Introduction to Women's and Gender Studies examines our understanding of gender and the intersections of sexuality, class, and race in the production of social meanings, identities, relations of power, and representations in society - in our communities and around the world. We examine how gender impacts many spheres of life - income and pay inequality, the persistent problem of gendered violence, reproductive health care, laws and justice systems, representations of gender in the media and culture, persistent problems of discrimination based on gender and other identities. As is customary for the field of WGS, the approach is inter-disciplinary and transnational, paying attention to the history and evolution of ideas and movements relevant to WGS.  

This course covers a range of topics including, but not limited to the history of Women's and Gender Studies as an academic discipline, feminist theories, systems of privilege and inequality, the social construction of gender, and the ways societal institutions construct and reproduce social inequality. 

This course utilizes an interdisciplinary, decolonial approach to engage with changing understandings of time, space, and justice. Engaging past and present examples like Harriet Tubman, Nanny of the Maroons, feminists involved in contemporary movements for social justice, and many others, the course demonstrates how feminists have been able to reshape our understandings of liberation and what it means to fight for freedom and a more just future for all.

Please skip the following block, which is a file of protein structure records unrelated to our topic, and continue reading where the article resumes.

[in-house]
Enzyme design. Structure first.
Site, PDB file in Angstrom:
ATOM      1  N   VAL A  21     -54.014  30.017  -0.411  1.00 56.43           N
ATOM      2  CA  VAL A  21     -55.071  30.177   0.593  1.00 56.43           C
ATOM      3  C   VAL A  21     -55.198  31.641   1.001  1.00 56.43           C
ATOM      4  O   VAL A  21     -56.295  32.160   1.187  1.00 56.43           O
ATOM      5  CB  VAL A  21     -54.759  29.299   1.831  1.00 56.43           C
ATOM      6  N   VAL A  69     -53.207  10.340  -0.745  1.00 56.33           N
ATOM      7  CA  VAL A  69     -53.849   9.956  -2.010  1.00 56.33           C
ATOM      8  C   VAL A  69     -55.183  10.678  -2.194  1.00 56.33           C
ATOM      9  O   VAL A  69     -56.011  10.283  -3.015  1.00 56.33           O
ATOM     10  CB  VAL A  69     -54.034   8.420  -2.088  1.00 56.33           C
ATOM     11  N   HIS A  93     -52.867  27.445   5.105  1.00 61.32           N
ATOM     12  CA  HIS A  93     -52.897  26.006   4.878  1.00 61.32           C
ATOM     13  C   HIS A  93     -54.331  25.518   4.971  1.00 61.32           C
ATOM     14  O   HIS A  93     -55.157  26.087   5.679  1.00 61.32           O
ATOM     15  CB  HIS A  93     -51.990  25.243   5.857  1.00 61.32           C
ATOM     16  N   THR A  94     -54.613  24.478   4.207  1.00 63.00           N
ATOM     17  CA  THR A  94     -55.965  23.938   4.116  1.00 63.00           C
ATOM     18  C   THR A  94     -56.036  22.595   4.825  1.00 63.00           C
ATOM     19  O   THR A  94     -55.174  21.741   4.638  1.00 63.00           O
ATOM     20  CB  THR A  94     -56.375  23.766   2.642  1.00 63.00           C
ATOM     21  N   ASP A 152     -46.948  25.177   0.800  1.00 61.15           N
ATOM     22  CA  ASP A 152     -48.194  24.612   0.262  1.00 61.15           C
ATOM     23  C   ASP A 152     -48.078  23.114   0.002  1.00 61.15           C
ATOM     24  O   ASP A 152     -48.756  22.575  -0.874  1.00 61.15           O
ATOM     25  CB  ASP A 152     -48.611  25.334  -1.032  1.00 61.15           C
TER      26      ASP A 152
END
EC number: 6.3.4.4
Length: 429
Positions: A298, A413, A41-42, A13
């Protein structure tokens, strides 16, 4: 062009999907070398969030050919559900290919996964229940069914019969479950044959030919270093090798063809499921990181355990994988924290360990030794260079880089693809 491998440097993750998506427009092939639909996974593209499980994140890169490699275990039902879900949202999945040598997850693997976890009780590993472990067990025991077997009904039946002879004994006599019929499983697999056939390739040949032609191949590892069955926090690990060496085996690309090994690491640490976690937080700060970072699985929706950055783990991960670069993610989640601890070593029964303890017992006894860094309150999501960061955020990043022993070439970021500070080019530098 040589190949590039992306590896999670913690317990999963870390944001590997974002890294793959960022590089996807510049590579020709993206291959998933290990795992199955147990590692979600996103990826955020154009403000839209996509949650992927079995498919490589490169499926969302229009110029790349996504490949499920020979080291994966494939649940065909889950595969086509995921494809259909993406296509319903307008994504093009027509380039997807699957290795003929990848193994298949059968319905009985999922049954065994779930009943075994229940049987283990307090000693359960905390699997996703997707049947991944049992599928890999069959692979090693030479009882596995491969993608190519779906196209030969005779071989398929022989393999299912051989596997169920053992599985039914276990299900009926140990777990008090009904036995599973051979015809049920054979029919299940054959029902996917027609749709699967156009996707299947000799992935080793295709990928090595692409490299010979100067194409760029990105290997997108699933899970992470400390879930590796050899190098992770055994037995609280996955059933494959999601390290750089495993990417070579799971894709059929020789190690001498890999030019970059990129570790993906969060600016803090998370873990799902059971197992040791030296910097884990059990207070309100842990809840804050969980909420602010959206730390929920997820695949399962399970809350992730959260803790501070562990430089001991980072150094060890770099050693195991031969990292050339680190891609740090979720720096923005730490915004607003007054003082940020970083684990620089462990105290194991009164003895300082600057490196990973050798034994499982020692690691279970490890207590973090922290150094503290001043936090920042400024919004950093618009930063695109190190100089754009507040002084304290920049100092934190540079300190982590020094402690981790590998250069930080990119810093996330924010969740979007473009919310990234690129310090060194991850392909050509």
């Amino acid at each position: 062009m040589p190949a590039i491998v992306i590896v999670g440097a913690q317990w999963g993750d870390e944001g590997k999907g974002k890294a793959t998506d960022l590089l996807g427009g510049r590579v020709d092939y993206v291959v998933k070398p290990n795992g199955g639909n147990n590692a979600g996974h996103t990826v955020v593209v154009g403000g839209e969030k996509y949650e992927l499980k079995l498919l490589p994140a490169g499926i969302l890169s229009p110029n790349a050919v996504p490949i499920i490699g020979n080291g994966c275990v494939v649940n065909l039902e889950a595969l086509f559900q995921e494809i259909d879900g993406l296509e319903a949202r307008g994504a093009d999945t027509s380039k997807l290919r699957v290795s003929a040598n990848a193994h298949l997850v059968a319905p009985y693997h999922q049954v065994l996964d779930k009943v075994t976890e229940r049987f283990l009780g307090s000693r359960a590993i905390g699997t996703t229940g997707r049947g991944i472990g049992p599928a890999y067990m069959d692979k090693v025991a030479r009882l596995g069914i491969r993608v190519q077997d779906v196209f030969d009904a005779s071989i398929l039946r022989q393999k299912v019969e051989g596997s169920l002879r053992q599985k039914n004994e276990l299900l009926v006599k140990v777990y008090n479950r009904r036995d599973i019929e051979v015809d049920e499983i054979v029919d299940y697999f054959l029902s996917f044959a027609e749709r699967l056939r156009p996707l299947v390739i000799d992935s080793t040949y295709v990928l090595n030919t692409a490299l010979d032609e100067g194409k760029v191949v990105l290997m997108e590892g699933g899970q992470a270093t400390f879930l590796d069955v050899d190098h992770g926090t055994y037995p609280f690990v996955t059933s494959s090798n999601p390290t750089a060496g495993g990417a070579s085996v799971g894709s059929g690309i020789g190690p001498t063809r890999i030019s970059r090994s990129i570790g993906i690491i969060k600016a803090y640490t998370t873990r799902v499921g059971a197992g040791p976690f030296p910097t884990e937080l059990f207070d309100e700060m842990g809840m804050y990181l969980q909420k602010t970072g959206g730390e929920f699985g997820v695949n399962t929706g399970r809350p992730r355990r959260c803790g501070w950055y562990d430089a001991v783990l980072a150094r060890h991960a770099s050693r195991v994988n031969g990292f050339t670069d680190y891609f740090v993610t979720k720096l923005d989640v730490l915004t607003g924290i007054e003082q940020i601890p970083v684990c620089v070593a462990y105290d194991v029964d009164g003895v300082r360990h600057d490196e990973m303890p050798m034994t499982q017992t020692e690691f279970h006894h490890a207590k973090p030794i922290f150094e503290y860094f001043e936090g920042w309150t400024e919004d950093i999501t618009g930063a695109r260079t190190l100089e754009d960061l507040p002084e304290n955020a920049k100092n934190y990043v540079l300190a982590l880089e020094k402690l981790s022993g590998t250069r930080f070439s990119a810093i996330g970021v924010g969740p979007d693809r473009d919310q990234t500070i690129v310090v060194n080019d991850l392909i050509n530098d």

VirTual Safe Zone is an online 5-week intensive course with weekly readings, writings, and a live discussion lab. The curriculum is meant to assist with the development of content knowledge.

  • The course curriculum delivers basic information to begin your development of content knowledge.
  • The readings are meant to help deepen your scope of the topic.
  • The discussion board reflective writings provide the opportunity to explore your thoughts, feelings, and questions.
  • The live discussions engage you in conversation with one another and allow for questions to be proffered to the group.

Learn more about VirTual Safe Zone and register for the  Spring sessions here

Virginia Organizing is a non-partisan statewide grassroots organization dedicated to challenging injustice by empowering people in local communities to address issues that affect the quality of their lives. Virginia Organizing especially encourages the participation of those who have traditionally had little or no voice in our society. By building relationships with individuals and groups throughout the state, Virginia Organizing strives to get them to work together, democratically and non-violently, for change.

Learn more and get connected to the New River Valley chapter.